The handwringing over Apple's iPhone 5C pricing---starting at $99 with two-year contract and $549 without contract---borders on comical.
Just a few weeks ago, analysts were fretting about how Apple's profit margins and how a low-cost iPhone would be good for market share, but hurt earnings. Today, analysts are downgrading Apple, lowering unit projections and fretting about profit margins that are going to be better than expected.
Here's the reality. Apple is a mature company with products that are going to have nice incremental upgrades, but aren't going to wow us. Mature companies---especially Apple---will take profits over market share too.
Simply put, Apple took the profit potential over the market share. The iPhone 5C doesn't appear to be an emerging markets superstar, but it will also rake in cash. Meanwhile, a likely deal with China Mobile will give Apple a lot of air cover on emerging markets.
Evercore analyst Rob Cihra quipped that you could call the iPhone 5C the 5BM for better margins. "While C may officially stand for “color” it might just as well have been launched as 5BM for likely “better margin,” after the now defunct iPhone 5’s cycle and less gross margin dilutive than we’d been expecting.
Apple had a clear choice: Stay mid- to upper-market or go downmarket to compete with smartphone makers with razor thin margins. Apple chose to be BMW instead of Chevrolet.
A few takeaways from the Wall Street analysts.
Oh no! My entire Apple model has to change now. Damn Apple profits. Piper Jaffray analyst Gene Munster had to back out the 50 million cheap iPhones he thought Apple was going to sell in calendar 2014. He now predicts revenue growth for Apple to go from 13 percent to 10 percent in calendar 2014 with margins going from 36 percent to 36.7 percent. Munster said:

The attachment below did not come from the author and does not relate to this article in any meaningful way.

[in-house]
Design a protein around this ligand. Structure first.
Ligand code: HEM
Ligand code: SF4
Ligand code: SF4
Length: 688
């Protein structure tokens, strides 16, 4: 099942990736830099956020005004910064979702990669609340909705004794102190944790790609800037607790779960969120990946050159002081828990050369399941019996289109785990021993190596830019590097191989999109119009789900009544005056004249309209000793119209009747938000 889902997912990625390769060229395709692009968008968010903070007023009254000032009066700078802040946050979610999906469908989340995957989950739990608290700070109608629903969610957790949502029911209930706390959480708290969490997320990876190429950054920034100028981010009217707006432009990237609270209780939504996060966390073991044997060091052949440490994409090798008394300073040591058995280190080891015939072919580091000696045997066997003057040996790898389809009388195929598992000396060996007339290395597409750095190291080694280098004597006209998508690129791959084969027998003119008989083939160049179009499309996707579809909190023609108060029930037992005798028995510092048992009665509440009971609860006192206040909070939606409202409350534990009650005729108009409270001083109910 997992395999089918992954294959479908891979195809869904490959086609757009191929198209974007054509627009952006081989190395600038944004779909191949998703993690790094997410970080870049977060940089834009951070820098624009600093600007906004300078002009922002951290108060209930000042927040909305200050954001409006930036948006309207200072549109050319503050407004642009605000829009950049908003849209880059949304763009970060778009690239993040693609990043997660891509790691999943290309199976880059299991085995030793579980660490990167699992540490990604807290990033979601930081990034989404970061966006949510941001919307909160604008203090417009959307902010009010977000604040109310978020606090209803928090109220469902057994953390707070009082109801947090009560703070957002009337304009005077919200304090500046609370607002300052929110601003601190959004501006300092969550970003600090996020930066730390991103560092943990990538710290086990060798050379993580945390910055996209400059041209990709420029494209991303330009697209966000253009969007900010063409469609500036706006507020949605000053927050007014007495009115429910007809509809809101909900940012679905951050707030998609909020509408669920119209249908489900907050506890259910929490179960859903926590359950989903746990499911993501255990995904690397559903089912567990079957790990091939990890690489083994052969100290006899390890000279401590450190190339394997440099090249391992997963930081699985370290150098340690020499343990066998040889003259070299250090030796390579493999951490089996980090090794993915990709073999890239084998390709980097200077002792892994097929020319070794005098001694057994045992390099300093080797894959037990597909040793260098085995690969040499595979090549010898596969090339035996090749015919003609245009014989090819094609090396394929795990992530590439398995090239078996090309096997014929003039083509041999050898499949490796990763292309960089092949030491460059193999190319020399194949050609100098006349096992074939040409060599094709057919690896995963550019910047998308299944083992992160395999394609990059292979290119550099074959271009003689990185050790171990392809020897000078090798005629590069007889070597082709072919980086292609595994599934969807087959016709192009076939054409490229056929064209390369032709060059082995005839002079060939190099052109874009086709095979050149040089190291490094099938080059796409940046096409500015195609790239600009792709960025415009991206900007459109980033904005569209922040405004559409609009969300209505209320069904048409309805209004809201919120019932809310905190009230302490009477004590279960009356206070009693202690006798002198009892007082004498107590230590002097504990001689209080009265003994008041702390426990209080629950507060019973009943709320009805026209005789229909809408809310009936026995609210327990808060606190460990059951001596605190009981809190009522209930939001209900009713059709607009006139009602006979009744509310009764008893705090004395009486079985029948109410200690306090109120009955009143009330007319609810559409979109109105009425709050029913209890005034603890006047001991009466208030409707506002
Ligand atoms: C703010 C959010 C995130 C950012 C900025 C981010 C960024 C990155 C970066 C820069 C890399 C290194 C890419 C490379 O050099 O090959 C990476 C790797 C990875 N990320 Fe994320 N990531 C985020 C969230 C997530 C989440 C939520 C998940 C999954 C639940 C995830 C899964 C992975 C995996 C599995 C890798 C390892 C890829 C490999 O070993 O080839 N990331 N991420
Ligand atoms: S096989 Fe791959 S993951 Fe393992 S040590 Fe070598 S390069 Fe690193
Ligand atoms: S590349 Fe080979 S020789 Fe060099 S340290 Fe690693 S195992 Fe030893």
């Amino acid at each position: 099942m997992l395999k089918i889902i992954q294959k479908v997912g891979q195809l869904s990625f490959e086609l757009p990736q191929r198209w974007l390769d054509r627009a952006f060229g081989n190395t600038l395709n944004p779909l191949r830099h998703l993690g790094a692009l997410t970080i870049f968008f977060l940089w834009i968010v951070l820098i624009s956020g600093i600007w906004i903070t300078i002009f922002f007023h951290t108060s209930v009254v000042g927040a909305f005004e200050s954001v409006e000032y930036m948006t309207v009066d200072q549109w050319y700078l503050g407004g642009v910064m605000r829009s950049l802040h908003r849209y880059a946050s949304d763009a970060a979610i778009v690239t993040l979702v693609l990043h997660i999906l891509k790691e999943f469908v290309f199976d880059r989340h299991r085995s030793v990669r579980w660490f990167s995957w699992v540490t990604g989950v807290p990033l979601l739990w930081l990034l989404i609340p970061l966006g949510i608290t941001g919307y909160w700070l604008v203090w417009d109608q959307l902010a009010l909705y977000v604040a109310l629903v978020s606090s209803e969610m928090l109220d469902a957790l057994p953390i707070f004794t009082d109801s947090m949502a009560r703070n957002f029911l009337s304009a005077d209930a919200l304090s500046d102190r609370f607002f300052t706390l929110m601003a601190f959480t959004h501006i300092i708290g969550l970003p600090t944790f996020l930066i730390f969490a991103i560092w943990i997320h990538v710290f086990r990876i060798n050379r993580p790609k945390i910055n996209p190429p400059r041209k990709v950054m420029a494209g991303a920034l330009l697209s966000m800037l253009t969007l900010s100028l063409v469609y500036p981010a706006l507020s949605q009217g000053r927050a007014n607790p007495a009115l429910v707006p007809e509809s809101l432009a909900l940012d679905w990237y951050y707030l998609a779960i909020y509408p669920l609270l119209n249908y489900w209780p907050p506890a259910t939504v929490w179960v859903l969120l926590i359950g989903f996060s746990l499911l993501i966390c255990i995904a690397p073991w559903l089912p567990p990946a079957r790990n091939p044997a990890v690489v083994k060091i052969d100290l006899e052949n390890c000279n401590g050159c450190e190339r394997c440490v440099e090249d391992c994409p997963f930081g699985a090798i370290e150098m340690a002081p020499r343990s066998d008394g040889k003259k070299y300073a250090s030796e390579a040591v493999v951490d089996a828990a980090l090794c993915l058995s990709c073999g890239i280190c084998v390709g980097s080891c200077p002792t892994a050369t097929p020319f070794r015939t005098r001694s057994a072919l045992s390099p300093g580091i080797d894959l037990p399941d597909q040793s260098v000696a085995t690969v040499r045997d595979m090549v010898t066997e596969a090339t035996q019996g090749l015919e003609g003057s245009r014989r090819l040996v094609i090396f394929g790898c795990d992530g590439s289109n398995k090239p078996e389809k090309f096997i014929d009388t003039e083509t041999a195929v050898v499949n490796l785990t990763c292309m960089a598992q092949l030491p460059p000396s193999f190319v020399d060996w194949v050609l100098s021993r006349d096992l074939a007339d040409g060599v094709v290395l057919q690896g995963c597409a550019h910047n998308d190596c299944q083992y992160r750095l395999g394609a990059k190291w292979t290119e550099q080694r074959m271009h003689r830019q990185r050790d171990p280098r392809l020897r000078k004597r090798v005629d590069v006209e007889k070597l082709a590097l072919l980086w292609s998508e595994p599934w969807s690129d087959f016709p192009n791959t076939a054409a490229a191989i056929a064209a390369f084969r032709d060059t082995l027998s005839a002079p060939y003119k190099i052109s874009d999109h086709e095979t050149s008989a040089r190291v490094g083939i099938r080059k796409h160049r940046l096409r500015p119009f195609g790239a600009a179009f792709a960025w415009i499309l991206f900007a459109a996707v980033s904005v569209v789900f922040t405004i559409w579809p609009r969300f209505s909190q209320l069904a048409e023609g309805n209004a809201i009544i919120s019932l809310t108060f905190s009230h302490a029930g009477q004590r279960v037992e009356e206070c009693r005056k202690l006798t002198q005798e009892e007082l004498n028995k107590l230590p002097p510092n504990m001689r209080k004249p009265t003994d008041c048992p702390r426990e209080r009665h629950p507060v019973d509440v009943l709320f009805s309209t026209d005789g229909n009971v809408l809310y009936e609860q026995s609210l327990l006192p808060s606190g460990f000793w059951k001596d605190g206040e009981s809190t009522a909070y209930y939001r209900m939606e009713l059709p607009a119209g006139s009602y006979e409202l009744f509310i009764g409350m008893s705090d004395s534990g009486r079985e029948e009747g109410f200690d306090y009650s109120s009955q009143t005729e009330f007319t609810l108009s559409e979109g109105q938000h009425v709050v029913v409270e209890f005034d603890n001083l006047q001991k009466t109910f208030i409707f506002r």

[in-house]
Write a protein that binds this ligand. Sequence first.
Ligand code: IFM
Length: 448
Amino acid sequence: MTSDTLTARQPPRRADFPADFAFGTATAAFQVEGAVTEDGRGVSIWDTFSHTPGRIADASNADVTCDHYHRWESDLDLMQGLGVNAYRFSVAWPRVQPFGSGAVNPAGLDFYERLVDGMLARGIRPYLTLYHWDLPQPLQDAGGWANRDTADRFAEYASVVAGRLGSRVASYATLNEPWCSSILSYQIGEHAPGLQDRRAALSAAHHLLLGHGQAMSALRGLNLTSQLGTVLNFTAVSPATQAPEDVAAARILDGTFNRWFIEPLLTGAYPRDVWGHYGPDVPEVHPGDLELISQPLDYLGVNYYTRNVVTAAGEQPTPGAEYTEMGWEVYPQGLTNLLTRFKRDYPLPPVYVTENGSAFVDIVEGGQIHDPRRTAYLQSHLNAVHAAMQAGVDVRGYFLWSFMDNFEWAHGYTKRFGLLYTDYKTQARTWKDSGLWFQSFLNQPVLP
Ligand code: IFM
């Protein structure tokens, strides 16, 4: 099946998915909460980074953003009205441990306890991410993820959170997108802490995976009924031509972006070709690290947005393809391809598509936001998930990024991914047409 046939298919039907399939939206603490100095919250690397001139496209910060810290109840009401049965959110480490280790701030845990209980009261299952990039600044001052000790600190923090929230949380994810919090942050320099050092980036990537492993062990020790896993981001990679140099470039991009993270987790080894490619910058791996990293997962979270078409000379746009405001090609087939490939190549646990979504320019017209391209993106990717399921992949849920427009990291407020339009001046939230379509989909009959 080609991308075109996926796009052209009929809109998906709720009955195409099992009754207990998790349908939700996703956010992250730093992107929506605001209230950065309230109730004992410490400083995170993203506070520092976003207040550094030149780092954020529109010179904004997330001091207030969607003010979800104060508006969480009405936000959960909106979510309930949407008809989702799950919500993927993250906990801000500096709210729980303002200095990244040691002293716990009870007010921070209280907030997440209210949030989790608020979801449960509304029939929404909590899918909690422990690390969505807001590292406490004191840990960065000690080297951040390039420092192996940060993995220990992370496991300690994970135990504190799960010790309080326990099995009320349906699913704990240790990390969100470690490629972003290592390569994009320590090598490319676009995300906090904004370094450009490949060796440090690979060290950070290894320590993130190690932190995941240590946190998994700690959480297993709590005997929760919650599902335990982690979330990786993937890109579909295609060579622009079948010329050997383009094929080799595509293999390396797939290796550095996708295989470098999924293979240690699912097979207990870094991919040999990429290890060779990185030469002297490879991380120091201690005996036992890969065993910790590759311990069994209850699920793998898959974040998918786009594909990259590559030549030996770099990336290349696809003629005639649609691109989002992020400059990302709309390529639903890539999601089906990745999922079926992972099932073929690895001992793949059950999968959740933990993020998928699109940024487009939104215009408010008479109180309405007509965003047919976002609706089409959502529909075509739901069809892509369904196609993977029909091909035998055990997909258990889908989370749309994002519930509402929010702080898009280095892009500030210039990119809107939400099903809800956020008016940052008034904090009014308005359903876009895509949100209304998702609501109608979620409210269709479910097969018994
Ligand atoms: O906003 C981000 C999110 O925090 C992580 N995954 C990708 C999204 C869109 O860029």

While we view Apple's choice to change its mid-level offering instead of finding a way to more aggressively attack the low end as a disappointment, we still believe that Apple will realize that the low end market is important and find a way to deliver a ~$300 iPhone over the next 1-2 years. We believe there is a large market opportunity in the sub-$400 market (we believe 60% of total smartphone units in 2013) and believe the lower end market will grow in the 30-40% range over the next few years vs 8-15% for the high-end market.
Emerging markets matter. "In our view, the $549 price point of the 5C is too high to inspire much confidence in the company improving its emerging markets positioning beyond the fact that TD-LTE will open up some fraction of the 745 million China Mobile subscriber base," said JMP Securities analyst Alex Gauna.
Apple's iPhone 5c pricing is high, but could come down with scale. Morgan Stanley analyst Katy Huberty put Apple's iPhone 5c pricing at 4,488 RMB, which rates as expensive in China. The catch: 4,000 RMB is the "acceptable" price in China. Apple can see if Chinese buyers will pay up and has options if they don't. Support for China's version of LTE may also help sales.
We want the Android value market, but Apple doesn't. Oppenheimer analyst Ittai Kidron noted that the iPhone 5C probably won't lead to a major expansion cycle that can ding the Android value devices. Has anyone seen the bloodbath in the low-end Android market? What company would want to enter that mix? It's a game only ZTE, Huawei and Lenovo can really win. Samsung can play along based on scale.